Nobody expects the Falcons to be playoff contenders outside the organization, but nobody within the organization believes they’ll be slotted in 2022 where they were in the 2021 NFL draft. In all likelihood, it’ll be somewhere in the middle. Pro Football Focus recently simulated the 2021 season for each team to give theoretical outcomes and gave a best-case — 90th-percentile — and worst-case — 10th-percentile — scenario for each. This essentially means that 80% of all outcomes simulated fall somewhere between these two records.
The Falcons were at worst 6-11 and at best 12-5, but again, more than likely, it’ll fall somewhere between those two. In the fourth episode of SportsTalkATL’s podcast, Talkin’ Birdy, the trio of hosts made their season predictions. Disclaimer: these were prior to the Julio Jones trade, and I assume each host would adjust accordingly. Matt Karoly predicted an 11-6 finish; Jake Gordon predicted a 10-7 record, and I predicted an 8-9 final record. This made me think, what things would have to go right for the Falcons to finish near 12 wins, and what would have to go wrong for Atlanta to finish near six wins.
3 reasons why the Falcons will make the playoffs in 2021
1. Arthur Smith and Matt Ryan hit the ground running
Everyone and their mother knows this team’s strength lies on the offensive side of the ball. Smith took the job in Atlanta partly due to Ryan, a consistent veteran who could execute his offense. But for this team to challenge for a trip to the playoffs, this offense cannot sputter early on in the season; it will have to hit the ground running.
2. Dean Pees turns water into wine
There have been team, positional, and other rankings that have consistently placed the Falcons’ defense — individually and as a whole — at the bottom. There’s a reason for that, too; the defensive personnel is just subpar. Pees is great at disguising coverages and blitzes, which can cover up individual deficiencies. He’s also outspoken on fitting his scheme to his players’ strengths, so for this team to reach the playoffs in 2021, Pees will have to turn lemons into lemonade.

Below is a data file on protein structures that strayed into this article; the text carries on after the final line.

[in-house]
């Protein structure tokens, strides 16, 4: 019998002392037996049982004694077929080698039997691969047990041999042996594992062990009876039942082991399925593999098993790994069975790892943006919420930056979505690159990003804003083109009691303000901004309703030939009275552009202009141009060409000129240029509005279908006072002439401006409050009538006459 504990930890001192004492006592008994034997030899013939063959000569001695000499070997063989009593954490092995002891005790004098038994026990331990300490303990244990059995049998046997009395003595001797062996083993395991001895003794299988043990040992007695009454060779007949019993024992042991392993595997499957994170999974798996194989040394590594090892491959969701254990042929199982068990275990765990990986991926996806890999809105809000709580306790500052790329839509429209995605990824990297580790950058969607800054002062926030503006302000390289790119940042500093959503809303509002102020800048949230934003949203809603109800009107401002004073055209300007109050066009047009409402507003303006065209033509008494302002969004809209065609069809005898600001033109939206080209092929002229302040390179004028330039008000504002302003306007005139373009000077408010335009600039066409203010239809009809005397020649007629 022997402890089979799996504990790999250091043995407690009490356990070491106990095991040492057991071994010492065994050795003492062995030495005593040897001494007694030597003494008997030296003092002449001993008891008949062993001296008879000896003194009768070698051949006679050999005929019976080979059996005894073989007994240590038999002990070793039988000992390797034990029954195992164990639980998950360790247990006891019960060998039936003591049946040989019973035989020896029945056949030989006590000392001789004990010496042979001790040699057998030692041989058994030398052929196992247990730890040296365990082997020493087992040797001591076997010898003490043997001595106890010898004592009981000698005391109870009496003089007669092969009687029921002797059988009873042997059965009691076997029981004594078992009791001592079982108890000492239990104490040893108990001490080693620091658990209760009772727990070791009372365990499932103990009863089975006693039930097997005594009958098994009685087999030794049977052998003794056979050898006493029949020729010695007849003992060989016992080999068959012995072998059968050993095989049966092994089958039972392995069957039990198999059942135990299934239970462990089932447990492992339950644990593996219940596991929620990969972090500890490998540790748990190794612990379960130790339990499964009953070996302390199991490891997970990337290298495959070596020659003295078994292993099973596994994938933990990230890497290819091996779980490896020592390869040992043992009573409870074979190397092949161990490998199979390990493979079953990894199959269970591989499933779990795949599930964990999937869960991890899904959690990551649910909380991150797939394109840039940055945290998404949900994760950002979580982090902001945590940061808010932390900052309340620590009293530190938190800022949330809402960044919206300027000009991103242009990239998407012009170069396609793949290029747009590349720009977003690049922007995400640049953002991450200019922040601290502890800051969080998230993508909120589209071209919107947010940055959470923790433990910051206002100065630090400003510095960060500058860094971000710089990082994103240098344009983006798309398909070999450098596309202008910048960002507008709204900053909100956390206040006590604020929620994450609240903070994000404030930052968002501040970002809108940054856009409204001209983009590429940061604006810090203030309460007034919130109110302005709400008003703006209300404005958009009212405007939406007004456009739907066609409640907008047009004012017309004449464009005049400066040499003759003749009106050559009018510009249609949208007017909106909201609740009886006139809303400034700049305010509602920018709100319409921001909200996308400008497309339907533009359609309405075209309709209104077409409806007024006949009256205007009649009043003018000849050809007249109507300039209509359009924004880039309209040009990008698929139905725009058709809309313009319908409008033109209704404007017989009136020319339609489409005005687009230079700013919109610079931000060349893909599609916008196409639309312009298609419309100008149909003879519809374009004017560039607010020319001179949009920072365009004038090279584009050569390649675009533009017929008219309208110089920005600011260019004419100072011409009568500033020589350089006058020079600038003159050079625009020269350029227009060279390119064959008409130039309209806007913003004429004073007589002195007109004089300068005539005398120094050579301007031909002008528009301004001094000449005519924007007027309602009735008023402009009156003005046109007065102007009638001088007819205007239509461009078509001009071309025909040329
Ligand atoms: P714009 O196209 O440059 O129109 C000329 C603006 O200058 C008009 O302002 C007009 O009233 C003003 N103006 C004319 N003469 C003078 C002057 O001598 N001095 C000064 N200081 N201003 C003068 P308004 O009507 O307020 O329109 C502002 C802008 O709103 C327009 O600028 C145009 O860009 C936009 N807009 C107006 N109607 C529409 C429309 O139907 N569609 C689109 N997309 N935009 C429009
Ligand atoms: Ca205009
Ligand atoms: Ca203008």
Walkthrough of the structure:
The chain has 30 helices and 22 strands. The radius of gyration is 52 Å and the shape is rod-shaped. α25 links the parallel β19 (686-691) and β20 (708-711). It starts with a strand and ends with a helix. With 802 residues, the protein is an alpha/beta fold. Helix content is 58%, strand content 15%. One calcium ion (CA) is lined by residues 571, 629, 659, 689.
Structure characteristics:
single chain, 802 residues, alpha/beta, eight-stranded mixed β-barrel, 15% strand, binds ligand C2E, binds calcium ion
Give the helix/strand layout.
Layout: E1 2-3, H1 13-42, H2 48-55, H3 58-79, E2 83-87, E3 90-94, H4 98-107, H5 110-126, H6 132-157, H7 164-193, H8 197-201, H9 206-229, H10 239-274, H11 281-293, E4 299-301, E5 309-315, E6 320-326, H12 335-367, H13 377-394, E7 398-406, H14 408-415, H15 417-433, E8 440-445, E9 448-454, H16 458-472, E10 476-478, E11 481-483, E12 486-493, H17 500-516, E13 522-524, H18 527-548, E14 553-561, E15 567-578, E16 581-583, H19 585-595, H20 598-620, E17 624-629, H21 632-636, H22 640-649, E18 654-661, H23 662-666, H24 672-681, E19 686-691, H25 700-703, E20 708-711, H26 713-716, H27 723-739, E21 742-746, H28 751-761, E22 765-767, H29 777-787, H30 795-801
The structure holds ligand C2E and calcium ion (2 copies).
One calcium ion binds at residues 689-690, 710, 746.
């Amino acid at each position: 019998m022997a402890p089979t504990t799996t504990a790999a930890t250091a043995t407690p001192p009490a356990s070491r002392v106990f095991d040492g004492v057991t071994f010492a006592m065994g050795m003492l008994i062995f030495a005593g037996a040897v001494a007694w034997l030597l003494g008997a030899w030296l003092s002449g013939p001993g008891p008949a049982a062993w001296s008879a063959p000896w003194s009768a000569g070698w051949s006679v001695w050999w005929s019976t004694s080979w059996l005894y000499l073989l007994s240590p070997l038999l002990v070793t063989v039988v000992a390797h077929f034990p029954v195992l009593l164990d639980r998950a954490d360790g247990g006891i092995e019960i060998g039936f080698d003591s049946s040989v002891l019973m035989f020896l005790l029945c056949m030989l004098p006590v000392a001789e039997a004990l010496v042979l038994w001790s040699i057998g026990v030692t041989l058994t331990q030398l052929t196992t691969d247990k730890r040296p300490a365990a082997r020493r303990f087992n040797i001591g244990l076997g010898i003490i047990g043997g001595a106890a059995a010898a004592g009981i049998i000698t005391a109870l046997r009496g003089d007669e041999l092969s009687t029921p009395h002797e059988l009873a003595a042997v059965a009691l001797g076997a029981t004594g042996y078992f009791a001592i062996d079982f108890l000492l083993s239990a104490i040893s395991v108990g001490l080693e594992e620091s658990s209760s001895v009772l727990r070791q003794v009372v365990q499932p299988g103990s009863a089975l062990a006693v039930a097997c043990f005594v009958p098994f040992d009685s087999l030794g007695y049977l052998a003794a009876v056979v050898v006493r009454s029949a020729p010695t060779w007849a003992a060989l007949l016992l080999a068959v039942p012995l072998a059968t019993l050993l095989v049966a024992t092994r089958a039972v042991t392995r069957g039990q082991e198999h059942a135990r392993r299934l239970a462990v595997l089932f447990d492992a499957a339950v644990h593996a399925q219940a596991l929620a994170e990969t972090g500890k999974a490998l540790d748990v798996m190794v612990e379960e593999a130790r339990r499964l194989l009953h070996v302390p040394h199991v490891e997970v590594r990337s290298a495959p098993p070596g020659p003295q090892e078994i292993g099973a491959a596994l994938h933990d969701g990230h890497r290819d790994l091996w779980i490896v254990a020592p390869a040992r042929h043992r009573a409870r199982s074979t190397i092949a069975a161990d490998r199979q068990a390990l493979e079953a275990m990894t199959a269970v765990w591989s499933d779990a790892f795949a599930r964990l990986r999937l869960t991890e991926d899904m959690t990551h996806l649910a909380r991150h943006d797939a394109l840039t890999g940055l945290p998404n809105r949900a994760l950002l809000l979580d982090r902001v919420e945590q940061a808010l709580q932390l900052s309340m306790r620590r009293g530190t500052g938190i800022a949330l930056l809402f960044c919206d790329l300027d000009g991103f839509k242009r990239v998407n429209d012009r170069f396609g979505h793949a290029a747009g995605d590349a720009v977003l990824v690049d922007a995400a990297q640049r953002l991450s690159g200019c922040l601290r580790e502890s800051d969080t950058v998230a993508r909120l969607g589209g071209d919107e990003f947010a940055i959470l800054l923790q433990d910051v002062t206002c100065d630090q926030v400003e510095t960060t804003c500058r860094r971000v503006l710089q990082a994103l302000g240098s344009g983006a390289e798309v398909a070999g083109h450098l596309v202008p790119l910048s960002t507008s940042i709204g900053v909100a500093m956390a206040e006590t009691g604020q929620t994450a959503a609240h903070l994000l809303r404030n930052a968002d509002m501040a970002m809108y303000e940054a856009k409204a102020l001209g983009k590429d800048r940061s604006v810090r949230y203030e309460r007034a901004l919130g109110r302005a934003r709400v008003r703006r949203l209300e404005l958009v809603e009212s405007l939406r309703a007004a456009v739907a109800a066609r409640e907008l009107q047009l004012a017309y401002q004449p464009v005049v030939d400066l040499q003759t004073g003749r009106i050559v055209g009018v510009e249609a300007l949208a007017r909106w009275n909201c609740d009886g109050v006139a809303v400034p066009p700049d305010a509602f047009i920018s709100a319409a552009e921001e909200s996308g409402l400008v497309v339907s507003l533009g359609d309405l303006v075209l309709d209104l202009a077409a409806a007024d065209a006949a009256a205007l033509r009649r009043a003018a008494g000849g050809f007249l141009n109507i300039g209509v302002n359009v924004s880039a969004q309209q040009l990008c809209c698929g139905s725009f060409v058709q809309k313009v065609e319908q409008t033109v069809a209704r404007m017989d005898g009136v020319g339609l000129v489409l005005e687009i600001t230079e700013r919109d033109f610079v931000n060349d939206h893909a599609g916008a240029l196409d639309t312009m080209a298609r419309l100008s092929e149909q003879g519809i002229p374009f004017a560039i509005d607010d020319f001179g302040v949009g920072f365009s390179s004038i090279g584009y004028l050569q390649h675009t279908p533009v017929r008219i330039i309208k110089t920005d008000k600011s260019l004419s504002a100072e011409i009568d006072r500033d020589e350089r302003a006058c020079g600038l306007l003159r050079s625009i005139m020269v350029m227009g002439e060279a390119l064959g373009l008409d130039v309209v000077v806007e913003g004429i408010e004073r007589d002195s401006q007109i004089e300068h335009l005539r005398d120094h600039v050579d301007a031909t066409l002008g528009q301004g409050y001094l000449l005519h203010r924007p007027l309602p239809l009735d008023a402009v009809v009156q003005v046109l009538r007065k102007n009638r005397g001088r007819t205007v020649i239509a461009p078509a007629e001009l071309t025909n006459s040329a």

3. Unexpected contributions
This can come from any number of players on the roster, but multiple positions need players to separate themselves from the group. These can be rookies, second-year players, or even veterans. The Falcons need to manufacturer a pass rush somehow, and hopefully, Pees will help with that. Still, Dante Fowler and Barkevious Mingo must contribute the most out of the edge rushers. The cornerback group needs someone to establish themselves on the boundary opposite of A.J. Terrell. The offensive line needs a couple of second- and third-year leaps, namely from Matt Hennessy and Kaleb McGary. If these players can make a few unexpected contributions, the Falcons will have a supporting cast to go along with their lonely stars.
3 reasons why the Falcons won’t make the playoffs in 2021
1. Offensive line shortcomings
Matt Ryan will eventually get on the same page with Arthur Smith, but this offense won’t move the football if the offensive line isn’t solidified. Offensive line play has been the cause for the success of Smith’s past offenses and the failures of Atlanta’s. Ryan is aging and needs protecting; if the offensive line can establish itself as an effective run-blocking group, it’ll be easier to protect their quarterback in pass sets.
2. Difficult rookie transitions
The Falcons will undoubtedly be relying on a few rookies from the 2021 rookie class. Kyle Pitts is the future star of this offense, but it is historically difficult for rookie tight ends to contribute meaningful production. Richie Grant has the luxury of having two veterans who can play if he struggles, but Grant is the only member of the safety group that can be a difference-maker. Jalen Mayfield could potentially start at left guard, but if he shows no growth in training camp, the Falcons could be forced to start Josh Andrews. For the Falcons to make the playoffs, this most recent draft class will have to grow up fast.
3. Bad injury luck
This is something that can go either way for any team. Super Bowl champions have good injury luck most of the time, while some disappointing seasons can be attributed to bad fortune in the injury department. Obvoiusly if any of Matt Ryan, Jake Matthews, Grady Jarrett, Calvin Ridley, etc suffer long-term injuries, Atlanta’s chances of making the playoffs are slim to none.
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